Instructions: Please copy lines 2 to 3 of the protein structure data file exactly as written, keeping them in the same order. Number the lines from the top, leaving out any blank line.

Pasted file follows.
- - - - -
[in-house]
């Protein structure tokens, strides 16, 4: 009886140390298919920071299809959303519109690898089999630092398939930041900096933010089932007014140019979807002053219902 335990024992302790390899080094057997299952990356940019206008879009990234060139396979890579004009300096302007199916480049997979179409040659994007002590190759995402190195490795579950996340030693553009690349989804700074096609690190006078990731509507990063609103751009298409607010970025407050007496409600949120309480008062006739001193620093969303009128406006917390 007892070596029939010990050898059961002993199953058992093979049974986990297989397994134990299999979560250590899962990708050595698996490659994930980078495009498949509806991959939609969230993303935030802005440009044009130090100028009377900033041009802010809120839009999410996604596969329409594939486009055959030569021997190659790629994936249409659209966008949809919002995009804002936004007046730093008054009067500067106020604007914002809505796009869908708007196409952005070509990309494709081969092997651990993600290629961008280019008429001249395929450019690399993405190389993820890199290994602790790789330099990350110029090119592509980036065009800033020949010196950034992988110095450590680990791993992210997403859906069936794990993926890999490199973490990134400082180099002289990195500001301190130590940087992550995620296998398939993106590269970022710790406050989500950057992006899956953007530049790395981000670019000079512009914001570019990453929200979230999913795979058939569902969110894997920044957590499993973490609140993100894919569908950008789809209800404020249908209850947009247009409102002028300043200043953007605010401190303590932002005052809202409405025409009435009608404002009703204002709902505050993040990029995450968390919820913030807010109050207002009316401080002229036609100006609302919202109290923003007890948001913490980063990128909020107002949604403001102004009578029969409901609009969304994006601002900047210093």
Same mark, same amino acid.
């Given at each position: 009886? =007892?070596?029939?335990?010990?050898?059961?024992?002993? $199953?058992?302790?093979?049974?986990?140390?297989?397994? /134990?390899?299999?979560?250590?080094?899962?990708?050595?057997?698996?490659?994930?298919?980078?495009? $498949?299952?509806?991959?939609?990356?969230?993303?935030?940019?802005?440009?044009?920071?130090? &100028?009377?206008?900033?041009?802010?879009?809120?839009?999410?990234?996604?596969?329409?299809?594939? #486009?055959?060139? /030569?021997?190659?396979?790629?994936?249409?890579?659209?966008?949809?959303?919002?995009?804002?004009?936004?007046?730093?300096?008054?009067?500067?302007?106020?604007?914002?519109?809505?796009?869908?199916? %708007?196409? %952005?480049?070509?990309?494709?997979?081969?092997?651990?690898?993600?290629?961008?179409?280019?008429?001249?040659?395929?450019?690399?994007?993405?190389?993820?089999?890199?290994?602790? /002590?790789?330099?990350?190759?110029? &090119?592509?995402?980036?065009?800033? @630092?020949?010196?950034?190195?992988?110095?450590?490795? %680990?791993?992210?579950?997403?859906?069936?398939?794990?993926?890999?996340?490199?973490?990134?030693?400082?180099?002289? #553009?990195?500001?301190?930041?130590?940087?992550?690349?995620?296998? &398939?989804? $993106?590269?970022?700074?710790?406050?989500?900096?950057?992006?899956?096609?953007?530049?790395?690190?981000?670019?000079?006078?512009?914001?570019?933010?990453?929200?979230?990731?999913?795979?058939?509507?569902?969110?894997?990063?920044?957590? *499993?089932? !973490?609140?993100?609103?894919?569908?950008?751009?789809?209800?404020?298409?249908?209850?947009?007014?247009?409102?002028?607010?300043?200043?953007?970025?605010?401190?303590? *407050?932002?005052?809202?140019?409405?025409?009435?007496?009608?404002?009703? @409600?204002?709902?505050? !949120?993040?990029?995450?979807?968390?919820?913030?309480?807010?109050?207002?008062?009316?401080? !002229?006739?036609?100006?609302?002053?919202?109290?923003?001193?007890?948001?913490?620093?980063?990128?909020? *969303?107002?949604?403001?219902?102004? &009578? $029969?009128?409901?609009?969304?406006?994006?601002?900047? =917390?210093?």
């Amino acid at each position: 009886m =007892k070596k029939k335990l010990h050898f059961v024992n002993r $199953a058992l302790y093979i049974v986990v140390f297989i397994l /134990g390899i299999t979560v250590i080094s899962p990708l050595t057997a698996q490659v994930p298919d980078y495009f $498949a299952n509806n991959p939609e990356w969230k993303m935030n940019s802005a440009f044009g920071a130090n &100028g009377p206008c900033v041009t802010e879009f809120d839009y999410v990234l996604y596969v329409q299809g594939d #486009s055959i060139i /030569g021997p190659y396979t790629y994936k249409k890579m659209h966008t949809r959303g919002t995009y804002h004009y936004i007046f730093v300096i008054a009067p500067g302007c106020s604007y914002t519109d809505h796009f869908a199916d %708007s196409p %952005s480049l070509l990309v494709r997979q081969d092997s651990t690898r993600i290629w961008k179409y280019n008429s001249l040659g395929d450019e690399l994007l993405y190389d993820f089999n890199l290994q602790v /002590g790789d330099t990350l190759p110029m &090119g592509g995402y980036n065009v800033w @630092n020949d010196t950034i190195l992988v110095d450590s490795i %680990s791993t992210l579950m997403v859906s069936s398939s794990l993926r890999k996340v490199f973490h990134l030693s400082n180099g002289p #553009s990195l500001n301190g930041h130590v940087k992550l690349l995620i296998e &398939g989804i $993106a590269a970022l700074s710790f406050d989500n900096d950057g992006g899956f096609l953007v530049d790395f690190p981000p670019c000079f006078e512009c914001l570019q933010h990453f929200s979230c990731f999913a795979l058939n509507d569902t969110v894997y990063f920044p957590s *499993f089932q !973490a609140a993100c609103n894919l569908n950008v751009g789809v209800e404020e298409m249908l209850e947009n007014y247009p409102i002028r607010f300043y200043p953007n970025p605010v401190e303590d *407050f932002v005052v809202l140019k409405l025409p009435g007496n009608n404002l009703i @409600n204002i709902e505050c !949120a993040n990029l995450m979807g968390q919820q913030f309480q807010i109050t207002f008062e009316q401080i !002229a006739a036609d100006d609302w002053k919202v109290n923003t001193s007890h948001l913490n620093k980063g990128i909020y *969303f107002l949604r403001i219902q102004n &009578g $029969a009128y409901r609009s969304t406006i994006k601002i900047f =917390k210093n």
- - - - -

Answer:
């Protein structure tokens, strides 16, 4: 009886140390298919920071299809959303519109690898089999630092398939930041900096933010089932007014140019979807002053219902 335990024992302790390899080094057997299952990356940019206008879009990234060139396979890579004009300096302007199916480049997979179409040659994007002590190759995402190195490795579950996340030693553009690349989804700074096609690190006078990731509507990063609103751009298409607010970025407050007496409600949120309480008062006739001193620093969303009128406006917390 007892070596029939010990050898059961002993199953058992093979049974986990297989397994134990299999979560250590899962990708050595698996490659994930980078495009498949509806991959939609969230993303935030802005440009044009130090100028009377900033041009802010809120839009999410996604596969329409594939486009055959030569021997190659790629994936249409659209966008949809919002995009804002936004007046730093008054009067500067106020604007914002809505796009869908708007196409952005070509990309494709081969092997651990993600290629961008280019008429001249395929450019690399993405190389993820890199290994602790790789330099990350110029090119592509980036065009800033020949010196950034992988110095450590680990791993992210997403859906069936794990993926890999490199973490990134400082180099002289990195500001301190130590940087992550995620296998398939993106590269970022710790406050989500950057992006899956953007530049790395981000670019000079512009914001570019990453929200979230999913795979058939569902969110894997920044957590499993973490609140993100894919569908950008789809209800404020249908209850947009247009409102002028300043200043953007605010401190303590932002005052809202409405025409009435009608404002009703204002709902505050993040990029995450968390919820913030807010109050207002009316401080002229036609100006609302919202109290923003007890948001913490980063990128909020107002949604403001102004009578029969409901609009969304994006601002900047210093």
Same mark, same amino acid.